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- “The Moon Moth” – Jack Vance, 1961. Just a short story, but such a favorite that I’m listing it. It successfully combines Vance’s mystery genre side (he wrote a bunch as John Holbrook Vance as well as some “Ellery Queen” novels) with his primary skill at anthropological science fiction, culminating in a delightfully-satisfying twist ending.
- Water in Plain Sight: Hope for a Thirsty World – Judith D. Schwartz, 2016 – quotes pulled, tbd
- Angle of Repose – Wallace Stegner, 1971 – quotes pulled, TBD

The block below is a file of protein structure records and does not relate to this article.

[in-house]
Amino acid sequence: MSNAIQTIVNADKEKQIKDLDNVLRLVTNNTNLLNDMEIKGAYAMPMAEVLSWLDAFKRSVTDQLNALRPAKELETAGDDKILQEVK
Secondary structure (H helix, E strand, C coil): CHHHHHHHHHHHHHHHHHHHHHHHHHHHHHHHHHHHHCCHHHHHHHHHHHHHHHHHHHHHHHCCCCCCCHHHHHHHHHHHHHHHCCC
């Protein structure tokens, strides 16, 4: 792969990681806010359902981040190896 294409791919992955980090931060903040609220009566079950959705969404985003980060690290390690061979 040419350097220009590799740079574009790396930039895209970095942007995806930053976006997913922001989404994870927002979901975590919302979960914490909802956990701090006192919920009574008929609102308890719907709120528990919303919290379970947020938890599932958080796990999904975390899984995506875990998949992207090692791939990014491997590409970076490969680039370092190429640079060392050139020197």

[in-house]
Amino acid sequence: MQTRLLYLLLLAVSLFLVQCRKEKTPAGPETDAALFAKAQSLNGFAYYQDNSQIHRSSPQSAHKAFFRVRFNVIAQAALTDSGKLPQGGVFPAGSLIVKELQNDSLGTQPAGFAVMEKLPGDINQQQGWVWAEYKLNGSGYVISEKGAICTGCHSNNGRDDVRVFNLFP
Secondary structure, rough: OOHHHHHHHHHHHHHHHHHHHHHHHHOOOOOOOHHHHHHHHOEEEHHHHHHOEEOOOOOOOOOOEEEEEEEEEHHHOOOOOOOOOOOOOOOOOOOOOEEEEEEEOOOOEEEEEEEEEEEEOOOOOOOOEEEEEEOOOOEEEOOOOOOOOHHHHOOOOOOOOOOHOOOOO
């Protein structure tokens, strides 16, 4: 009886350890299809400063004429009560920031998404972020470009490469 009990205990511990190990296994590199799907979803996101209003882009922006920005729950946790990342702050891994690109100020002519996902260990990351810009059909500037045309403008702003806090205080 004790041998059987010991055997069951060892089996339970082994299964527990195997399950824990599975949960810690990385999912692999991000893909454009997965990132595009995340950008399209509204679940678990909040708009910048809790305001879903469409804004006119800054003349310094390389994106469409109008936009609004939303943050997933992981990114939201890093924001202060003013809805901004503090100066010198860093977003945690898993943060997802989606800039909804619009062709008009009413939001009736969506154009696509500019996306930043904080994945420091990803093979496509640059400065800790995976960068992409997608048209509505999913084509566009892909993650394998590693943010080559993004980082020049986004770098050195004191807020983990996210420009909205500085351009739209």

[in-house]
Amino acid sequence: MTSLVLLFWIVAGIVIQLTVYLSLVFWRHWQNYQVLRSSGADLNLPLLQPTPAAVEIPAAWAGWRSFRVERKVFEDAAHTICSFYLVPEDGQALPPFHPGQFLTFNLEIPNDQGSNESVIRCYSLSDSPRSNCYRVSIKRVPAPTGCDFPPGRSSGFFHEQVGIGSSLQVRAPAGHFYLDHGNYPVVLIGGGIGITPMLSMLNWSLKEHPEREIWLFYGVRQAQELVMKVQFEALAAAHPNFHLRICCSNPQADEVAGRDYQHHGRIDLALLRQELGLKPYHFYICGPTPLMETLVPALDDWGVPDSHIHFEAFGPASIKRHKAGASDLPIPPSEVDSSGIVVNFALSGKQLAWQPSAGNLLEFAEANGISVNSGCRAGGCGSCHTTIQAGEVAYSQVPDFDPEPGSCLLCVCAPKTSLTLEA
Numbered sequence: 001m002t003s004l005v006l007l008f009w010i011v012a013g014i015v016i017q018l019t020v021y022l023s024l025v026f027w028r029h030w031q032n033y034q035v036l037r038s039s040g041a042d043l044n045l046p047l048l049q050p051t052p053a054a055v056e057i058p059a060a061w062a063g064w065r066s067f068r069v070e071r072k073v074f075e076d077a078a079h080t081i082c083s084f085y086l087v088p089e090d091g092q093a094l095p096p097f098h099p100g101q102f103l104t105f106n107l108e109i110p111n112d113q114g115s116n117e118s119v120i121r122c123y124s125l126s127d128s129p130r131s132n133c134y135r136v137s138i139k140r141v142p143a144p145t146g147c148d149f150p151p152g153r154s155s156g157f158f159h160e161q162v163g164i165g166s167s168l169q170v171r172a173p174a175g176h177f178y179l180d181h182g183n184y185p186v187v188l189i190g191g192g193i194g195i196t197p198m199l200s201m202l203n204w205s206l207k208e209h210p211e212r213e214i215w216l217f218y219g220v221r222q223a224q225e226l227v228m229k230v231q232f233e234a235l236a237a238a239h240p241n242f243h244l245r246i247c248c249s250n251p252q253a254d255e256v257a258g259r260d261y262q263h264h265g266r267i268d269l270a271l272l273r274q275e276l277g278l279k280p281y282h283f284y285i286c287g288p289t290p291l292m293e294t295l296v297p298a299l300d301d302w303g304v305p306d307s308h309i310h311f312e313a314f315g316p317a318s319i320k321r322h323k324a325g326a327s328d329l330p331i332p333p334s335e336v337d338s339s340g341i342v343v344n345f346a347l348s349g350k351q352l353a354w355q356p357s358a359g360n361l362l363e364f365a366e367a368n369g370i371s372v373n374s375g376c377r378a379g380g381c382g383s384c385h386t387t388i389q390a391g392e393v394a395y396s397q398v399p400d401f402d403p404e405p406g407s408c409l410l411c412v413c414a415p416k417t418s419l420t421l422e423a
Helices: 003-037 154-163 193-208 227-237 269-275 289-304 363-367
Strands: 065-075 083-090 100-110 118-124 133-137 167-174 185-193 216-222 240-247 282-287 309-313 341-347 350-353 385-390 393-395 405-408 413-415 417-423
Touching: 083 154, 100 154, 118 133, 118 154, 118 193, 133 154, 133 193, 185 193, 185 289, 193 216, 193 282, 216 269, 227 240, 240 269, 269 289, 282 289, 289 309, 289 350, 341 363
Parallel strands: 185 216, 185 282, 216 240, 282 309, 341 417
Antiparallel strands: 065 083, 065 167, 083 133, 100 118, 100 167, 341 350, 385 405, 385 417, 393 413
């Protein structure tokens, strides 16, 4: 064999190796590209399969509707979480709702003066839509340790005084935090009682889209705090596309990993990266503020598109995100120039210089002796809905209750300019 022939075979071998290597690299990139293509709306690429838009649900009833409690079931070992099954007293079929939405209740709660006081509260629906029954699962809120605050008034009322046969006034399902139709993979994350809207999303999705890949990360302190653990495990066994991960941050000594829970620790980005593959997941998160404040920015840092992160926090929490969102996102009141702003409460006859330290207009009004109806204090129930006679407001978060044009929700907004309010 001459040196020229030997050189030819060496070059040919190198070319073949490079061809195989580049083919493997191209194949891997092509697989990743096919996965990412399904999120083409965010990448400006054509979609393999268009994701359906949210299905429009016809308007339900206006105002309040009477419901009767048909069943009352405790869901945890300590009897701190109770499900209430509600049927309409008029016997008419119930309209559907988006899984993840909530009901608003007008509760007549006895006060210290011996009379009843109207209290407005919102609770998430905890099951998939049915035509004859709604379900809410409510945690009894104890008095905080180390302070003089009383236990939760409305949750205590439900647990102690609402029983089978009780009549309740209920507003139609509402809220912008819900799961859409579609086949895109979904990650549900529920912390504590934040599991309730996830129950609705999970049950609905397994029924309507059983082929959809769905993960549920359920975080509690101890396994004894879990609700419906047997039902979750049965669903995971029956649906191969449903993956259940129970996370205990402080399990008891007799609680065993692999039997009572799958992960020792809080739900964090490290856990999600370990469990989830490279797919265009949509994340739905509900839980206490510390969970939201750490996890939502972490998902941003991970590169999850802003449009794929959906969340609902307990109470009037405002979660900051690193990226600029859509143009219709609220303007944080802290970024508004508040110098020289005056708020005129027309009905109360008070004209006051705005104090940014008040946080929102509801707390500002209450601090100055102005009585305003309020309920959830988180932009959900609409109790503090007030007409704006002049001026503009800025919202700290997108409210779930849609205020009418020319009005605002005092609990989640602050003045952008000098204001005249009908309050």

- Anna Karenina – Leo Tolstoy (tr. Constance Garnett), 1878 (1901) – ditto!
- The House that Berry Built – Dornford Yates, 1945. My father, who sparked my love of Yates through this book specifically, died this month, and I picked this up to re-read for the umpteenth time in memory of him…
- An Eye for a Tooth – Dornford Yates, 1943. …and then I was off on a Yates kick, but a restrained one. This time I just went back to a few of the thrillers – this is one that I acquired late and so didn’t remember that well. I might only have read it once or twice, imagine that! Not bad but a little past his prime in this genre.
- Safe Custody – Dornford Yates, 1932. I moved on to the series that deal with one of my favorite McGuffins ever, a set of 127 carved jewels commissioned by Pope Alexander VI. They’re so well-described that I wish they really existed; I see that they were probably inspired by the Pope Paul II collection of 827 such gems.